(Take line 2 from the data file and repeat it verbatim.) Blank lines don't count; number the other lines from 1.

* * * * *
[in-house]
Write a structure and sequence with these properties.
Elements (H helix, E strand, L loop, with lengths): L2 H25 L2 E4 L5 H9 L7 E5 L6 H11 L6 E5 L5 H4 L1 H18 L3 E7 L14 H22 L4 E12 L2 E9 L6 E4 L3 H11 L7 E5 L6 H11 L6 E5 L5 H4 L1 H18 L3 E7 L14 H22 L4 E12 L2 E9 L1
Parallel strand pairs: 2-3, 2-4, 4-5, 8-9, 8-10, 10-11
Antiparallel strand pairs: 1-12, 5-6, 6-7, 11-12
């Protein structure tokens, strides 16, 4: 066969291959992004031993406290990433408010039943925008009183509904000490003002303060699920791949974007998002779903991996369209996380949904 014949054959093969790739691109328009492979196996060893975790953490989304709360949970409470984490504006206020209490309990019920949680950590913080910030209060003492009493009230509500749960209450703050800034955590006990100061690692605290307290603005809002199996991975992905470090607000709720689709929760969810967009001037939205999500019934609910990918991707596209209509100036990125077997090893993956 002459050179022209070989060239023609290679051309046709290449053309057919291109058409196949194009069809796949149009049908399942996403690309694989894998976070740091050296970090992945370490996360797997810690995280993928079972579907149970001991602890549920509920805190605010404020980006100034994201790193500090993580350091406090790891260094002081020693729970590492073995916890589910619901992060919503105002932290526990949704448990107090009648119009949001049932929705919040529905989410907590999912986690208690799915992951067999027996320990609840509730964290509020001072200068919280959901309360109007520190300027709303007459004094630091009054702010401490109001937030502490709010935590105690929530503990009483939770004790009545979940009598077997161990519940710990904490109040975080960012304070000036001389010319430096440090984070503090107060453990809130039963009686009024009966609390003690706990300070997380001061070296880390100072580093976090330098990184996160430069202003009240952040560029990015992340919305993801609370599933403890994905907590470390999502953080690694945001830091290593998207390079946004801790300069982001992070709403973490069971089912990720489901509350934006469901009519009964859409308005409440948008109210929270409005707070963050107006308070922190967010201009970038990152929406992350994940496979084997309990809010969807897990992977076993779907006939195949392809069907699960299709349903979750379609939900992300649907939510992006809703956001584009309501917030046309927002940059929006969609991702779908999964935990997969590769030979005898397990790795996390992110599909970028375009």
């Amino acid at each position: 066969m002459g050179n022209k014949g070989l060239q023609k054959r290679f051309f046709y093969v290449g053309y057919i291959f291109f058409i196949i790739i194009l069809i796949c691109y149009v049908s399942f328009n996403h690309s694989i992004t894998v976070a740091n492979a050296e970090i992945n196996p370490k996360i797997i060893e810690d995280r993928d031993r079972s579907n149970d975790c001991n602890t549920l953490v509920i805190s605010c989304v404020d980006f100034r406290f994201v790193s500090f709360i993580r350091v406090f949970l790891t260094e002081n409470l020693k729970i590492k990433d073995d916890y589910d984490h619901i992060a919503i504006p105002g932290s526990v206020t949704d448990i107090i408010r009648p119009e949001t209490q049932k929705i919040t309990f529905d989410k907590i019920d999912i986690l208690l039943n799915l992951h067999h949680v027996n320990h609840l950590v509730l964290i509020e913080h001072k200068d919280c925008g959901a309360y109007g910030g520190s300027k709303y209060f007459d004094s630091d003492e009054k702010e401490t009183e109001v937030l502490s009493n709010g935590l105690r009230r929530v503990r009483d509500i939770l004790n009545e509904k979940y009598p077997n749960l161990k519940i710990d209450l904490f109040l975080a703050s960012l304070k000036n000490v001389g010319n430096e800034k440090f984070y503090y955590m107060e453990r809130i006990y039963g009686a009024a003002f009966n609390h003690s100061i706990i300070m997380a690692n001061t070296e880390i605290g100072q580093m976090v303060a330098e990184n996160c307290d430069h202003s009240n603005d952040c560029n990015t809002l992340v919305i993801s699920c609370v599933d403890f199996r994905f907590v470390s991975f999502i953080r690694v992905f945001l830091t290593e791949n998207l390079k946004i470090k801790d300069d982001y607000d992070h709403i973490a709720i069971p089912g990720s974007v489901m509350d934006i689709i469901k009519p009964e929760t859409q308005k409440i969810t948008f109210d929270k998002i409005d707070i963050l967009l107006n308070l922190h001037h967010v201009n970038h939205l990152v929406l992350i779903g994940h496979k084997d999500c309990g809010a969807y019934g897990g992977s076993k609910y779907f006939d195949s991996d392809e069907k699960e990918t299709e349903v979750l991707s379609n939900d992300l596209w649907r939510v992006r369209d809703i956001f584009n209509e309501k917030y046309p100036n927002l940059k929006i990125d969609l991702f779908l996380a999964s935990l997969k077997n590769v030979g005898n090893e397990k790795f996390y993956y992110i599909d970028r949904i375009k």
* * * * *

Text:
Write a structure and sequence with these properties.